RenoFi wants to facilitate the financing of renovations by owners
Back in 2016, Justin goldmanThe young family of s had just moved to a suburb of Philadelphia, in a house that ticked most of the boxes: great neighborhood, good school district, close to the office. But the house itself needed work. “We fell into the same trap that a lot of homeowners fall into – you watch HSTG and you’re fooled into thinking home improvement is cheap, easy and quick, ”says Goldman Home affairs. “We had entrepreneurs who came out [with] estimates that were more than twice what we budgeted, saved and planned. So he went to his bank and asked about his home equity loan options, only to find that he hadn’t built up enough equity to cover the renovations. It was there that he saw a business opportunity.
Courtesy of RenoFi
For designers and contractors, customers facing the shock of stickers is nothing new. For many, projects are either reduced in scope or abandoned for lack of sound funding options. “For every other major purchase people make in their lifetime, there is a fundraising product,” Goldman explains. “You buy a house, you get a mortgage. You buy a car, you get a car loan. When it comes to renovating, the only options people really use are cash refinancing and home equity loans, and none are actually designed for renovations. A review of the landscape quickly showed Goldman that while lenders were willing and able to provide these loans, the supporting infrastructure was not there.
In 2018, he launched RenoFi as a lending platform that would fulfill this role, and by June of last year, the company had raised more than $ 7 million in venture capital, led by Canaan Partners and First Round Capital. Here’s how it works: RenoFi matches homeowners with credit union lending partners, but it also guarantees home improvement risk, with loans based on a home’s future value. “If someone is going to use this money to improve a house, why can’t they [lenders] see what the house will be worth after the renovation? Goldman said. “People should be able to borrow equity based on the future value, not the current value of a house. “
The process is quite straightforward. Customers use RenoFi’s proprietary loan calculator to get an idea of their maximum borrowing power, potential rates, and an estimate of monthly loan payments. Then, the potential borrower goes through the platform’s screening tool to determine their eligibility, providing the contractor information, a detailed project cost estimate, and the contractor’s plans and drawings for the project. With this information, RenoFi assigns a dedicated advisor, who gives an introduction to one of the platform’s lending partners.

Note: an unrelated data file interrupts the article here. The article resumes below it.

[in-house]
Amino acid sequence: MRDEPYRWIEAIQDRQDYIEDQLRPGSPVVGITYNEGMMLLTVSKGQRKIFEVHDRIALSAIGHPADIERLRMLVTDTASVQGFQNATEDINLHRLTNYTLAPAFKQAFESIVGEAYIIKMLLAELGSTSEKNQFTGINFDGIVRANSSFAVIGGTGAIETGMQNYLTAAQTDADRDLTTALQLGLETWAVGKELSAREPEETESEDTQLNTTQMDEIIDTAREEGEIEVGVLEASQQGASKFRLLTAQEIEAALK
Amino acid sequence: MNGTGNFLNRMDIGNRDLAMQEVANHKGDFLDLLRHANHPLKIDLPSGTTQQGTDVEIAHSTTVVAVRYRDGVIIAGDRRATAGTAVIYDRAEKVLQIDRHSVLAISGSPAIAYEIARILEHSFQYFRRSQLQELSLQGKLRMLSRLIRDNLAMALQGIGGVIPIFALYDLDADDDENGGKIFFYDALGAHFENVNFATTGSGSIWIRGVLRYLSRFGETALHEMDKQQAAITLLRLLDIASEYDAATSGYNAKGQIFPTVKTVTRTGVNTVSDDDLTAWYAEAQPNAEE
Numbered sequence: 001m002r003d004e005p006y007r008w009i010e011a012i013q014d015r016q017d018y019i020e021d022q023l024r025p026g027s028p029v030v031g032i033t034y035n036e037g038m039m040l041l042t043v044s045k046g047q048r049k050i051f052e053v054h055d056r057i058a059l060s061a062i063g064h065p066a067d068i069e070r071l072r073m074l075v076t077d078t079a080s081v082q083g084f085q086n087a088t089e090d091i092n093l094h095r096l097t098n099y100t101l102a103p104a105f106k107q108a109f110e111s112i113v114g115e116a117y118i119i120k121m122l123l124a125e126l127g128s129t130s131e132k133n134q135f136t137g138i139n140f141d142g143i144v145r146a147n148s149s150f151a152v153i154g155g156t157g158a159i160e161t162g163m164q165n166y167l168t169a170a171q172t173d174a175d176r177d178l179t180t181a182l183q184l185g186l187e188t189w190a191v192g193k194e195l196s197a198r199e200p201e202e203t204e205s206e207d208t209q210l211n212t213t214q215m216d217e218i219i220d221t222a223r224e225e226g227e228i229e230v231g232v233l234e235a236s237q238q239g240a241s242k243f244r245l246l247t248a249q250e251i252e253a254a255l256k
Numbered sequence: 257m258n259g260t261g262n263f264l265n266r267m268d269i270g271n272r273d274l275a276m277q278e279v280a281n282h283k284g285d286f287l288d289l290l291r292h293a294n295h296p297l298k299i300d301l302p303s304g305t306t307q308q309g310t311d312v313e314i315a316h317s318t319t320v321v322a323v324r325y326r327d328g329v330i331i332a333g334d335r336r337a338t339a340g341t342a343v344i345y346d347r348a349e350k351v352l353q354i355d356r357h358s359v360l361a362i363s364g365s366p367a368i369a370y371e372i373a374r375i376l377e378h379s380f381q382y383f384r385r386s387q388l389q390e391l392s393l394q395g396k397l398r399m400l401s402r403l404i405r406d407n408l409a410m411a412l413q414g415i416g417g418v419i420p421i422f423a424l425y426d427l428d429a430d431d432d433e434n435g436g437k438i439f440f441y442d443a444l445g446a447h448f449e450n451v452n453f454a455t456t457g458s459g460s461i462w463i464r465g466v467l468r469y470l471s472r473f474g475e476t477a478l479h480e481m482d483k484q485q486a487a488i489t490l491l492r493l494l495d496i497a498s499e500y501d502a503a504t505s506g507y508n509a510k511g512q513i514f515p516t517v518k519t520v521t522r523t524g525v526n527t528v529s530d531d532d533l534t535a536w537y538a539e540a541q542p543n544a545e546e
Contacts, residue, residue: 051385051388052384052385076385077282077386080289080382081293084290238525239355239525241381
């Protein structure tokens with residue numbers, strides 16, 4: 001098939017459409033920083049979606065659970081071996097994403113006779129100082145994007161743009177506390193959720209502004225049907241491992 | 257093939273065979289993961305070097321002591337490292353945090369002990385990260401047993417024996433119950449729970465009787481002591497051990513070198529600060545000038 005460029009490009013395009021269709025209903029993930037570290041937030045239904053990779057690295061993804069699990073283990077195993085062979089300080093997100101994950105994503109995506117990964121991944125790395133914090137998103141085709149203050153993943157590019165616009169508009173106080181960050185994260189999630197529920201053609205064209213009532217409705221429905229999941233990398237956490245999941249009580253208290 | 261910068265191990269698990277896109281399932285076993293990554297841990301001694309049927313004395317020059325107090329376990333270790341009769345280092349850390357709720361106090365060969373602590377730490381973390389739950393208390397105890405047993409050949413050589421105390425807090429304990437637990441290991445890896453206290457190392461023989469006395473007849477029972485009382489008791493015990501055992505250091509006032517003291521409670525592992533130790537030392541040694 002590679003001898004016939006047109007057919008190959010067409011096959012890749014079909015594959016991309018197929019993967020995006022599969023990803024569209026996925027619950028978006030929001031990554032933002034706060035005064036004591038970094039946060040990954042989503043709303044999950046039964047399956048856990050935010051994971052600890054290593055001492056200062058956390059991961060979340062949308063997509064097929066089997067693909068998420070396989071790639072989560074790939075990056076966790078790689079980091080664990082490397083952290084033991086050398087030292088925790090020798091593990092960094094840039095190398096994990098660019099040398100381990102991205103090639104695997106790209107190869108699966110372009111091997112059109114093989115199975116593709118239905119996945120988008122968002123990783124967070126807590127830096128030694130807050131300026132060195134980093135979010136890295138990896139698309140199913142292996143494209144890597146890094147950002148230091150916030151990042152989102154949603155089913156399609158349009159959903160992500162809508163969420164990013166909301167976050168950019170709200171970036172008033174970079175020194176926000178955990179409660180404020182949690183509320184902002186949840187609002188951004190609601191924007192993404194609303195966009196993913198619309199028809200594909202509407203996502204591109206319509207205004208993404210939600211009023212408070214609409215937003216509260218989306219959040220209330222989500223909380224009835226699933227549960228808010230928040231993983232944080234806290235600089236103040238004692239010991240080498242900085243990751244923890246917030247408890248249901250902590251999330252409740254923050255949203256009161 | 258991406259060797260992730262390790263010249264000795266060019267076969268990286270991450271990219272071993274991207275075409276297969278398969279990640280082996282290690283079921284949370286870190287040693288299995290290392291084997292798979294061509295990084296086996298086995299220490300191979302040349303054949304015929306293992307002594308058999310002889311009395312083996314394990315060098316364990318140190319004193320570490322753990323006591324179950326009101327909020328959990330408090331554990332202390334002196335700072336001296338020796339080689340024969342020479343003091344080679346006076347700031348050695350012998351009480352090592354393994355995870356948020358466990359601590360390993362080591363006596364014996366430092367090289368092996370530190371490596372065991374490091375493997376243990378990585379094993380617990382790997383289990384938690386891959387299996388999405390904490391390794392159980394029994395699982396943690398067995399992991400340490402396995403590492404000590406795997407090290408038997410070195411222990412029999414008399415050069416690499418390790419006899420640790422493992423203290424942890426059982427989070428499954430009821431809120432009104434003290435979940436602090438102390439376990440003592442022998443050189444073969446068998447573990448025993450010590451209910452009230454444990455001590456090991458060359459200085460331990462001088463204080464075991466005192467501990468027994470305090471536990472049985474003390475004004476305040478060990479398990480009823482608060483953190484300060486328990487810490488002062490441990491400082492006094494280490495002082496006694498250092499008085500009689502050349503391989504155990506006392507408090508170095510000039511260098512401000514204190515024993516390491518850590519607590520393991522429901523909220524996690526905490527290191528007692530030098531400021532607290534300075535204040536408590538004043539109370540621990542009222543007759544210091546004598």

“[As part of] our due diligence, we review the contractor, making sure they are licensed and insured, and we also review the contract between the owner and the contractor [to] make sure everything is fine, ”Goldman says. “We make sure that the scope and budget match and that it is in place to be successful, so that the lender has the confidence to make these types of loans available to their members. “
Home renovations saw a dramatic increase during the pandemic, creating RenoFi for renewed interest in financing options – in the fourth quarter of 2020, the platform’s lending partners made 650% of loans in more to owners than the previous year. “As spring approaches, many homeowners will be thinking about renovating, but might not know how they’re going to finance it,” he says. “We are here to increase the borrowing power of homeowners.
Many RenoFi employees are former contractors and other home improvement industry veterans, bringing their expertise in the process to homeowners. Over the past three years, the company has developed relationships with regional credit unions in 49 states and plans to continue expanding its institutional relationships to support clients wherever they are. “We realized that homeowners needed financial products specifically for renovations, so we filled that gap,” he says.
Home page image: © Sergey Nivens | Adobe Stock